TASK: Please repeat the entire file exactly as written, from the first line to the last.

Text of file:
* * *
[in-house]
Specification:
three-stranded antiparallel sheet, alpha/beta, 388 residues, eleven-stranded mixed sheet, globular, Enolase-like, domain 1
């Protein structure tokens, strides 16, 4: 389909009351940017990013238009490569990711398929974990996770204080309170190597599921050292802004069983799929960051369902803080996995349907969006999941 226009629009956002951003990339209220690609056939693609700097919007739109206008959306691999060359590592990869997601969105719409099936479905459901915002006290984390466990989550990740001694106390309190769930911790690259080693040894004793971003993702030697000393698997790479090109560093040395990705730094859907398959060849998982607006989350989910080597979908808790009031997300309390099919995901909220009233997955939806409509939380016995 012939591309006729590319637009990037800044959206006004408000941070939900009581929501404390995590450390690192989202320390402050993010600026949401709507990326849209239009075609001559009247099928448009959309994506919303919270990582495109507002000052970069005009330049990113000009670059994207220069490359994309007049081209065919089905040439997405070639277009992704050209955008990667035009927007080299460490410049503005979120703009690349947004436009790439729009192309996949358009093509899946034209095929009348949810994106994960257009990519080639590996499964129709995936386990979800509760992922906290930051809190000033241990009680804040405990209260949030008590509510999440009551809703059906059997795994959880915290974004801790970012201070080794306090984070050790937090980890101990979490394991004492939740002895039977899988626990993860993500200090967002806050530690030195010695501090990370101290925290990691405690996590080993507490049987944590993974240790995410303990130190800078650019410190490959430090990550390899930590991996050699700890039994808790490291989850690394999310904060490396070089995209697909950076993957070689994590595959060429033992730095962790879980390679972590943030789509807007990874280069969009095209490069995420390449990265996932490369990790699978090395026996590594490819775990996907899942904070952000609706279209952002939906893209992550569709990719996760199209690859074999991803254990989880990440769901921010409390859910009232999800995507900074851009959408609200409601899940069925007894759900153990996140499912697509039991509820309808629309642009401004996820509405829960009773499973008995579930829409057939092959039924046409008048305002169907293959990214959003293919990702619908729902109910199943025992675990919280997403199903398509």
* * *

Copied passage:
[in-house]
Specification:
three-stranded antiparallel sheet, alpha/beta, 388 residues, eleven-stranded mixed sheet, globular, Enolase-like, domain 1
């Protein structure tokens, strides 16, 4: 389909009351940017990013238009490569990711398929974990996770204080309170190597599921050292802004069983799929960051369902803080996995349907969006999941 226009629009956002951003990339209220690609056939693609700097919007739109206008959306691999060359590592990869997601969105719409099936479905459901915002006290984390466990989550990740001694106390309190769930911790690259080693040894004793971003993702030697000393698997790479090109560093040395990705730094859907398959060849998982607006989350989910080597979908808790009031997300309390099919995901909220009233997955939806409509939380016995 012939591309006729590319637009990037800044959206006004408000941070939900009581929501404390995590450390690192989202320390402050993010600026949401709507990326849209239009075609001559009247099928448009959309994506919303919270990582495109507002000052970069005009330049990113000009670059994207220069490359994309007049081209065919089905040439997405070639277009992704050209955008990667035009927007080299460490410049503005979120703009690349947004436009790439729009192309996949358009093509899946034209095929009348949810994106994960257009990519080639590996499964129709995936386990979800509760992922906290930051809190000033241990009680804040405990209260949030008590509510999440009551809703059906059997795994959880915290974004801790970012201070080794306090984070050790937090980890101990979490394991004492939740002895039977899988626990993860993500200090967002806050530690030195010695501090990370101290925290990691405690996590080993507490049987944590993974240790995410303990130190800078650019410190490959430090990550390899930590991996050699700890039994808790490291989850690394999310904060490396070089995209697909950076993957070689994590595959060429033992730095962790879980390679972590943030789509807007990874280069969009095209490069995420390449990265996932490369990790699978090395026996590594490819775990996907899942904070952000609706279209952002939906893209992550569709990719996760199209690859074999991803254990989880990440769901921010409390859910009232999800995507900074851009959408609200409601899940069925007894759900153990996140499912697509039991509820309808629309642009401004996820509405829960009773499973008995579930829409057939092959039924046409008048305002169907293959990214959003293919990702619908729902109910199943025992675990919280997403199903398509």